— The first cohort in gener8tor’s gBETA program in Kenosha includes startup companies focused on speech therapy technology, travel agency services, candle making and financial services.
City officials and startup accelerator gener8tor last month kicked off the inaugural cohort of the gBETA program in Kenosha.
This free seven-week program provides “intensive concierge coaching” and access to a national mentorship network. It’s meant to help early-stage startup companies prepare for later-stage equity-based accelerator programs and connect with investors.
Tim Casey, Kenosha’s director of city development, says local officials will be working alongside gener8tor experts to help participating companies “establish, grow and thrive” in the area.
“The City of Kenosha sees incredible value in building and supporting an ecosystem where innovators in these fast-moving and high-tech industries can thrive,” he said in a release.
The four companies taking part are:
*TRT Speech Labs, led by founders Benjamin Taft and Joey Tenuta. This company uses a “bio-inspired” algorithm that was originally designed in research on how birds learn songs. It’s now used to track progress in speech therapy, identifying “unique and unusual sounds that are key to” diagnosing speech deficits, according to the release.
*Travel Odyssey, founded by Quinn Murphy. The release describes this company as “the first and only” travel agent powered with artificial intelligence. It offers customizable itineraries to help users plan trips, and has at least 62 users on its waitlist as prototype development continues.
*Black Essence Candles, led by founder Shakee’us Graves. This startup produces handmade candles and waxes, and has shipped products to customers in 22 states, the release shows.
*Harper Tax & Financial Literacy Group, founded by Kenny Harper. This company launched in 2020, and has helped local entrepreneurs launch more than 40 new businesses in the Kenosha area, according to the release.
Kenosha’s gBETA program is one of many across the country. While mostly clustered in the Midwest, U.S. programs have been launched as far away as California and Texas. According to gener8tor’s website, gBETA program alumni have collectively raised more than $536 million in capital and created more than 3,500 jobs.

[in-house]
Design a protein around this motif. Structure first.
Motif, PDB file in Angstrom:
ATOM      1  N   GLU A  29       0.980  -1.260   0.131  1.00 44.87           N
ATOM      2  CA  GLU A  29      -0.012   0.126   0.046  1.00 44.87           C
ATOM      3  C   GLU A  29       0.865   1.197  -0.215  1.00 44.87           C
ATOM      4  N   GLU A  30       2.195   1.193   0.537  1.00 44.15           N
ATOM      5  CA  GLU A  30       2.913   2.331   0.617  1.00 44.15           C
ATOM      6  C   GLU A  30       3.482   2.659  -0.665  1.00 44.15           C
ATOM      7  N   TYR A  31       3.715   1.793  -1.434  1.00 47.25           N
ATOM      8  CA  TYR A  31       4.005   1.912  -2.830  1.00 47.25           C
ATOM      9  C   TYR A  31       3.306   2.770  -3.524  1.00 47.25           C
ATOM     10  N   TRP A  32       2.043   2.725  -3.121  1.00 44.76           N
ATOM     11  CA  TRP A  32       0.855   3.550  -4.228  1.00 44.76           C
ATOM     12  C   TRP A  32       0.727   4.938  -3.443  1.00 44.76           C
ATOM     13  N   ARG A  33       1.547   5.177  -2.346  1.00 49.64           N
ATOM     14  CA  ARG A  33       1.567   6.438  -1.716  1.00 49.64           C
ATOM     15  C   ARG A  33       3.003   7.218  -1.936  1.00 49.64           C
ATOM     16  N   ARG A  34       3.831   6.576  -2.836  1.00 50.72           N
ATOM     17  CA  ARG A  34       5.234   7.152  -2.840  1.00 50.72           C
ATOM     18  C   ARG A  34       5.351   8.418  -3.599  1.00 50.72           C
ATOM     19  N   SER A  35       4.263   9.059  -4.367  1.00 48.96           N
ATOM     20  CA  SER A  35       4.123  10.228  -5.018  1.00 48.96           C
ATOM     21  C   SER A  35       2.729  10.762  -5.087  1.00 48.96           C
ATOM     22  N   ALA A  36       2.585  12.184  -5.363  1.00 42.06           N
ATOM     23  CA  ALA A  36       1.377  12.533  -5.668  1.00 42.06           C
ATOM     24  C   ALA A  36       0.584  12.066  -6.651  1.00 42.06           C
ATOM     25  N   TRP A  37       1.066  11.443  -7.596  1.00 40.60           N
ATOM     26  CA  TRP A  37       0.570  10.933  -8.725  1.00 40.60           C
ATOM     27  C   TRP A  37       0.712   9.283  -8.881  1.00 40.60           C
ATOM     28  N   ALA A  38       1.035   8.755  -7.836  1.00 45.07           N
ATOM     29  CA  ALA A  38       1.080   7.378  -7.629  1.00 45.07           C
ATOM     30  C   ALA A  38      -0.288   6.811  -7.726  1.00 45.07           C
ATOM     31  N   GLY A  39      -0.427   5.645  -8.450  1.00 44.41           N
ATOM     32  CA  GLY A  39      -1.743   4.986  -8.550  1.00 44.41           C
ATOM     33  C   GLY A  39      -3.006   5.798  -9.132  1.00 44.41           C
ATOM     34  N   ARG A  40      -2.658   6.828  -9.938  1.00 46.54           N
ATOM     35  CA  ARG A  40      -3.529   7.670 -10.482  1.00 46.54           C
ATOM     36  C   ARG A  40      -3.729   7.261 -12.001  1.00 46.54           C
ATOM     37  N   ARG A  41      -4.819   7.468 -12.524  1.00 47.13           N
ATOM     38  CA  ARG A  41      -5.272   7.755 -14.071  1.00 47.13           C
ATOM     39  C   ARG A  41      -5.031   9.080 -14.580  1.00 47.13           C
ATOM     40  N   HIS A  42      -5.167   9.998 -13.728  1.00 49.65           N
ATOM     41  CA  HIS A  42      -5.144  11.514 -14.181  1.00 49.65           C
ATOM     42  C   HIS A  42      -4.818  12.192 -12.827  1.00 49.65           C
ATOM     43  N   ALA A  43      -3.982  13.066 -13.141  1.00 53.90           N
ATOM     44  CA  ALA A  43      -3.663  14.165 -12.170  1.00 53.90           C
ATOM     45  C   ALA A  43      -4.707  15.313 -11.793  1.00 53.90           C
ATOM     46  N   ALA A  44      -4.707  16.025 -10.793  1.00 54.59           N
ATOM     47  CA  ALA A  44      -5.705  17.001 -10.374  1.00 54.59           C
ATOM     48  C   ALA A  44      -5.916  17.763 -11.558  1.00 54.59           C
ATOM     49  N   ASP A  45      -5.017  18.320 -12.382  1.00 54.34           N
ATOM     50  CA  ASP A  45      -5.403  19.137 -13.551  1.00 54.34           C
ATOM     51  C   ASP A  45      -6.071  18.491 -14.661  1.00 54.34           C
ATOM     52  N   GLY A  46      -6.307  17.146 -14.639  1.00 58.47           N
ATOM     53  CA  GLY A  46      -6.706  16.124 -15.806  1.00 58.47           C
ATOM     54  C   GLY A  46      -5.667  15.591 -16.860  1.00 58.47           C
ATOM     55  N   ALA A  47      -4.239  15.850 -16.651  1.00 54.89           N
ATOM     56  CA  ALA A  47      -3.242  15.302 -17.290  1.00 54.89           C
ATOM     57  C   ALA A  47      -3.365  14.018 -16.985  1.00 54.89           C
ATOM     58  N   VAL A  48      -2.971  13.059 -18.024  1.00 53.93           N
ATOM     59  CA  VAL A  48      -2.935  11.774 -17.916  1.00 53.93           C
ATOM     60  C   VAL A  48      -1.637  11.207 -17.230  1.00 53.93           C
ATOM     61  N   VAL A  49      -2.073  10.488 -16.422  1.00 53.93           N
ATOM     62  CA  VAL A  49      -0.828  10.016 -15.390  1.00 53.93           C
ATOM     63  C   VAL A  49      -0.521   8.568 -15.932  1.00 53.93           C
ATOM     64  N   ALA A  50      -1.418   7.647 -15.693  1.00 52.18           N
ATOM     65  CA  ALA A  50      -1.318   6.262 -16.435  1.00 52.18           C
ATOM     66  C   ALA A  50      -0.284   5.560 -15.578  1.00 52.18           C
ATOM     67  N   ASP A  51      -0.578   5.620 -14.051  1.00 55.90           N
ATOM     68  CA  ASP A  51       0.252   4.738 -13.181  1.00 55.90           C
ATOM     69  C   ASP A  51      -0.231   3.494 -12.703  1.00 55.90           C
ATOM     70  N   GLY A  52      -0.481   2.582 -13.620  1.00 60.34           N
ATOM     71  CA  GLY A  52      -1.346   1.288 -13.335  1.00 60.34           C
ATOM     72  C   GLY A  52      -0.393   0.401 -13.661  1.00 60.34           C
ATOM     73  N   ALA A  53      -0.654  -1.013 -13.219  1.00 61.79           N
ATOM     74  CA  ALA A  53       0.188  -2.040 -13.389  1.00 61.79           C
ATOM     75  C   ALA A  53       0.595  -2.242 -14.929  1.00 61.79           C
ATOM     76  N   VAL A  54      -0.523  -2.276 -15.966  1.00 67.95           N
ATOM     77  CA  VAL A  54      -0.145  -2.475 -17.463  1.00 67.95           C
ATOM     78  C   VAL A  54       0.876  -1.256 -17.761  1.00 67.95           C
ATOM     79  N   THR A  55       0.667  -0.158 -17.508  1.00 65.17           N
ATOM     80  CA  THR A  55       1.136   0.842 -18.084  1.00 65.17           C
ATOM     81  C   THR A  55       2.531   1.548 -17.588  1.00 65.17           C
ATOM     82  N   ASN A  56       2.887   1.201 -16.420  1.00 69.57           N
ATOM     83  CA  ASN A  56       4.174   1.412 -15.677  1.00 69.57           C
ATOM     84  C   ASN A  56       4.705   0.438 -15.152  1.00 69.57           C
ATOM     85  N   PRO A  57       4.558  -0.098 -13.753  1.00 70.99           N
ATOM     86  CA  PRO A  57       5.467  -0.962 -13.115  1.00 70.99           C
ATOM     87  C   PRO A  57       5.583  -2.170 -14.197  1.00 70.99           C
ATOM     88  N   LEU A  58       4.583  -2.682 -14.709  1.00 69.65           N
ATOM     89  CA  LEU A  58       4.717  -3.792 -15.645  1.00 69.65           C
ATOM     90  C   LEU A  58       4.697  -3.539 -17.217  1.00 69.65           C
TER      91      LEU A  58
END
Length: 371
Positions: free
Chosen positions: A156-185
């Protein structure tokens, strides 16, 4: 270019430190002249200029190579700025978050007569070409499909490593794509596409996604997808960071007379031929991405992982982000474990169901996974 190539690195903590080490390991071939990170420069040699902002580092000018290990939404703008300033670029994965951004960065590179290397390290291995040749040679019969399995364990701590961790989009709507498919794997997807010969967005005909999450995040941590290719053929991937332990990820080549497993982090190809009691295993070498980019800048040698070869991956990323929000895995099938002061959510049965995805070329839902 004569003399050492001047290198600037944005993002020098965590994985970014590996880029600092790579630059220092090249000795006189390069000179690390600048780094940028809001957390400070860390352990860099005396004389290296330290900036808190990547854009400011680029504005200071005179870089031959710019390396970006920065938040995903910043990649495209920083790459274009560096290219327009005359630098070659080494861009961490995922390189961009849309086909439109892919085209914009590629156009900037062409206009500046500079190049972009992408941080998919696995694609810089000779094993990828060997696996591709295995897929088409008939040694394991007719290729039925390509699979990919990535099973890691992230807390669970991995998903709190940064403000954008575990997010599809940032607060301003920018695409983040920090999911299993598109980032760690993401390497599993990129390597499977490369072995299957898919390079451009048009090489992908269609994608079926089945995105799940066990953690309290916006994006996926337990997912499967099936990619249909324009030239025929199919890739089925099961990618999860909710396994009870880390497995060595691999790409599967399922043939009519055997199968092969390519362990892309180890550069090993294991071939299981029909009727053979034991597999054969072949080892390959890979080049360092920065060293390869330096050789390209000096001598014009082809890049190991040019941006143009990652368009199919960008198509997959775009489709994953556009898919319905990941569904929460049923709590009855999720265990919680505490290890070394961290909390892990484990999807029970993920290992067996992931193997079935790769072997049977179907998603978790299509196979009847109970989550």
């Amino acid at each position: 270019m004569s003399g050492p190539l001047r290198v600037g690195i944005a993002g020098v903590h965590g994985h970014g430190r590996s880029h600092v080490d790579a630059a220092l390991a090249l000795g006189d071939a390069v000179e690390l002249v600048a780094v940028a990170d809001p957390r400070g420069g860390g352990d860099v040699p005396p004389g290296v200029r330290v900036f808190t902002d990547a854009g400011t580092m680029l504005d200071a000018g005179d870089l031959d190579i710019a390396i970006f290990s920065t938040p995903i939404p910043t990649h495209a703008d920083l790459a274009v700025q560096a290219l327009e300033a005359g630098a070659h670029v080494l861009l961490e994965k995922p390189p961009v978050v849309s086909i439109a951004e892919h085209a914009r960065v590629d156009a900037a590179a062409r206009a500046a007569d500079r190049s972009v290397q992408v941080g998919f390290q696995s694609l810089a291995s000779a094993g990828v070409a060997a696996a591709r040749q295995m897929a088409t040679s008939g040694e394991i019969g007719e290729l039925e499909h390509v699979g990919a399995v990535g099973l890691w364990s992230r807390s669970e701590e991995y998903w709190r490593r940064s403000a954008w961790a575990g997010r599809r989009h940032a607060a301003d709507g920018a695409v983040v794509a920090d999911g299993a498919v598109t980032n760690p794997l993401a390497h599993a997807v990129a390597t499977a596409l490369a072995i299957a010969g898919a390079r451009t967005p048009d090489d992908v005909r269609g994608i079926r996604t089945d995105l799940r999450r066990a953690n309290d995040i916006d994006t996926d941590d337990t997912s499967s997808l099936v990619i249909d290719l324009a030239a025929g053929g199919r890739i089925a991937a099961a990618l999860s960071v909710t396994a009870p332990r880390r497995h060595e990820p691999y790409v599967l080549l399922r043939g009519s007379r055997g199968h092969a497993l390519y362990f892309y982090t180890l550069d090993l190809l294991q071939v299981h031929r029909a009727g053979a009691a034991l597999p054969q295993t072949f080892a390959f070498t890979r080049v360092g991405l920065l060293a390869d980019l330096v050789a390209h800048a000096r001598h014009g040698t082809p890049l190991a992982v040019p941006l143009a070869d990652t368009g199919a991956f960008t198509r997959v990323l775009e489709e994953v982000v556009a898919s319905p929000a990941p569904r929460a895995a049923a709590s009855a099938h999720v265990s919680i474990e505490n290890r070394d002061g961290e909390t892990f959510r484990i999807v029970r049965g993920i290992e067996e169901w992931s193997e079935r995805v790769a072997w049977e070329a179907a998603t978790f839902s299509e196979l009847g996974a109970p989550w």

See more on gBETA here: https://www.gener8tor.com/gbeta
— Students at UW-Platteville Richland will be able to continue their education at the university’s main campus, the Baraboo Sauk County campus, or online at the Richland Center campus tuition rate for up to 40 credits once the campus ends in-person instruction.
UW System President Jay Rothman tasked UW-Platteville Chancellor Tammy Evetovich with creating a transition plan for the school in November. The campus was down to just 60 degree-seeking students and 25 faculty and staff when Rothman announced the move. The campus is set to end in-person classes in July.
The UW System currently has a 75-year lease for the campus building from 1976 through 2042 with a total cost of $75.
Some other measures in the plan include:
*A $1,500 housing stipend for students who transfer campuses to live in residence halls over the 2023-24 academic year;
*Free parking during that year for students who transfer to the main campus;
*Programs and resources for students designed to ease the transition process;
*Implementing online programs for the Richland Center campus, including professional pathway certificates, non-credit online training programs and for-credit online degree and certificate programs.
See more on the plan at WisPolitics.com: https://www.wispolitics.com/2023/tue-pm-update-republicans-move-to-put-bail-work-requirement-advisory-on-april-ballot-shoot-down-dem-abortion-referendum
— Two high schoolers from Wisconsin have been named among the top 300 scholars in the Regeneron Science Talent Search 2023.
According to a release from the Society for Science, based in Washington, D.C., this is the “oldest and most prestigious science and math competition” for high school seniors in the country. It was originally launched in 1942 as the Westinghouse Science Talent Search.